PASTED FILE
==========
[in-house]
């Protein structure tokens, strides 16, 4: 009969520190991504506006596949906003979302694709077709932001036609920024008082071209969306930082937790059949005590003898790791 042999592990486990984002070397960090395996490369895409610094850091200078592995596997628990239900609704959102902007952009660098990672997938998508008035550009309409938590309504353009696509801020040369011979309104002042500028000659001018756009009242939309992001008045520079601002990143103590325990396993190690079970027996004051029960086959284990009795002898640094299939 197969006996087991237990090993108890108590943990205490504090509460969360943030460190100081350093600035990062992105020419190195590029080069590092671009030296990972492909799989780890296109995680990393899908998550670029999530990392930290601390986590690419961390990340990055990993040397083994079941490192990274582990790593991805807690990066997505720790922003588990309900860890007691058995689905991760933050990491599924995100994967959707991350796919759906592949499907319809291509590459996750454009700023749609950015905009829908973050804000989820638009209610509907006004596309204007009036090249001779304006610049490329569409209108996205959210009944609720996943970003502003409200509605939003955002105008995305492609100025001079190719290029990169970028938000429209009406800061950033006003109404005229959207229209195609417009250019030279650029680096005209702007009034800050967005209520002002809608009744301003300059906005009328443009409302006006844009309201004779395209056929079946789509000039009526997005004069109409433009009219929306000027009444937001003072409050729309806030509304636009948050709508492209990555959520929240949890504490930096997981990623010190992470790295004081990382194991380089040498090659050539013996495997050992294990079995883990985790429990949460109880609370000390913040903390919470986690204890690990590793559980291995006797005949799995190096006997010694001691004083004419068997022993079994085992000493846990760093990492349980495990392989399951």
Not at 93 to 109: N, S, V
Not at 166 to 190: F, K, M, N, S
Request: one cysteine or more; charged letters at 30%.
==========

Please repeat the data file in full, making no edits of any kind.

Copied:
[in-house]
């Protein structure tokens, strides 16, 4: 009969520190991504506006596949906003979302694709077709932001036609920024008082071209969306930082937790059949005590003898790791 042999592990486990984002070397960090395996490369895409610094850091200078592995596997628990239900609704959102902007952009660098990672997938998508008035550009309409938590309504353009696509801020040369011979309104002042500028000659001018756009009242939309992001008045520079601002990143103590325990396993190690079970027996004051029960086959284990009795002898640094299939 197969006996087991237990090993108890108590943990205490504090509460969360943030460190100081350093600035990062992105020419190195590029080069590092671009030296990972492909799989780890296109995680990393899908998550670029999530990392930290601390986590690419961390990340990055990993040397083994079941490192990274582990790593991805807690990066997505720790922003588990309900860890007691058995689905991760933050990491599924995100994967959707991350796919759906592949499907319809291509590459996750454009700023749609950015905009829908973050804000989820638009209610509907006004596309204007009036090249001779304006610049490329569409209108996205959210009944609720996943970003502003409200509605939003955002105008995305492609100025001079190719290029990169970028938000429209009406800061950033006003109404005229959207229209195609417009250019030279650029680096005209702007009034800050967005209520002002809608009744301003300059906005009328443009409302006006844009309201004779395209056929079946789509000039009526997005004069109409433009009219929306000027009444937001003072409050729309806030509304636009948050709508492209990555959520929240949890504490930096997981990623010190992470790295004081990382194991380089040498090659050539013996495997050992294990079995883990985790429990949460109880609370000390913040903390919470986690204890690990590793559980291995006797005949799995190096006997010694001691004083004419068997022993079994085992000493846990760093990492349980495990392989399951």
Not at 93 to 109: N, S, V
Not at 166 to 190: F, K, M, N, S
Request: one cysteine or more; charged letters at 30%.